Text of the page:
More recently, however, the focus of the industry and its regulators – encouraged by far greater awareness of the importance of environmental issues amongst all stakeholders – has also been on the wider potential impacts which shipping can have on the environment. In particular, there was awareness of the need to address the impact on local ecosystems of foreign microorganisms imported in ships’ ballast water; the danger to public health and the environment caused by atmospheric pollution from ships (in particular air pollutants such as sulphur and nitrogen oxides and particulate matter); and the need to reduce shipping’s CO2 emissions in order to contribute to worldwide efforts to stem climate change. While further possibilities remain with respect to developing, improving and refining existing technical, operational and management measures which might help reduce even more the traditional sources of marine pollution, it is probably the need to reduce atmospheric and CO2 emissions which presents the most obvious challenges and opportunities with regard to the transition towards a green economy. That said, recently agreed requirements to dramatically reduce sulphur emissions have also created opportunities for the development of new exhaust scrubbing technologies as a (legally permitted) alternative to the use of low sulphur fuels.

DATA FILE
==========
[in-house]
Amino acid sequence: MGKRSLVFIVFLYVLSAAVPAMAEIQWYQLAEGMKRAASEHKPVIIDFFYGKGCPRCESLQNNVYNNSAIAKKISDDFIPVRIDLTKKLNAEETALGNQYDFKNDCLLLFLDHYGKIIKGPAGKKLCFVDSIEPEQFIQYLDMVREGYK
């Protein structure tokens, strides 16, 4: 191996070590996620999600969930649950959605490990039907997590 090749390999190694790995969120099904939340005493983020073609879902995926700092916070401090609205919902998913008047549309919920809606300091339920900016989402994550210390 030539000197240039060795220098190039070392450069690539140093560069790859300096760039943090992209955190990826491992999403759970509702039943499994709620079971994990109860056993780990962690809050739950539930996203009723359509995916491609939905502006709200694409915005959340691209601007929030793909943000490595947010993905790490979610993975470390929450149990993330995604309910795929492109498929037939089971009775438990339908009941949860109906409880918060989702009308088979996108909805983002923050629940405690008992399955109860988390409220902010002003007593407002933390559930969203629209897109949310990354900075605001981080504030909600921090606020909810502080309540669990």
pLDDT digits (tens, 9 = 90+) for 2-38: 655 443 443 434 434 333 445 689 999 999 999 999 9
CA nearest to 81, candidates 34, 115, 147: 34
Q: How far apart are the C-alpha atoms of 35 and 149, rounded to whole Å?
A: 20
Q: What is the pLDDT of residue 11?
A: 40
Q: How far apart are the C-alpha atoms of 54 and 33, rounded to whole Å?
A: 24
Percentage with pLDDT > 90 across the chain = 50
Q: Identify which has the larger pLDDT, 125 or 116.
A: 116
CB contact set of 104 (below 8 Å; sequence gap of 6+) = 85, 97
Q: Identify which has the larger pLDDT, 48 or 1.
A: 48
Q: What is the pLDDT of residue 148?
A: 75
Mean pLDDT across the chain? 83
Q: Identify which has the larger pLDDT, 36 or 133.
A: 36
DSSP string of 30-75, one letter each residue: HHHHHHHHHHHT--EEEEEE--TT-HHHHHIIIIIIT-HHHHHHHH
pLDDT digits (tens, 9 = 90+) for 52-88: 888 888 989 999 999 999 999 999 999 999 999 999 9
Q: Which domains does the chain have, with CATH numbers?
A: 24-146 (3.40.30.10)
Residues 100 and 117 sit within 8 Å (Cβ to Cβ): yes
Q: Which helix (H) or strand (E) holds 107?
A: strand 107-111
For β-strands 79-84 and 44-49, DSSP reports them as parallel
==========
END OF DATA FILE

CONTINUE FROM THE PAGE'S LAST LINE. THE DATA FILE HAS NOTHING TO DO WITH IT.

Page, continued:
From collection: Green Economy in a Blue World - Full Report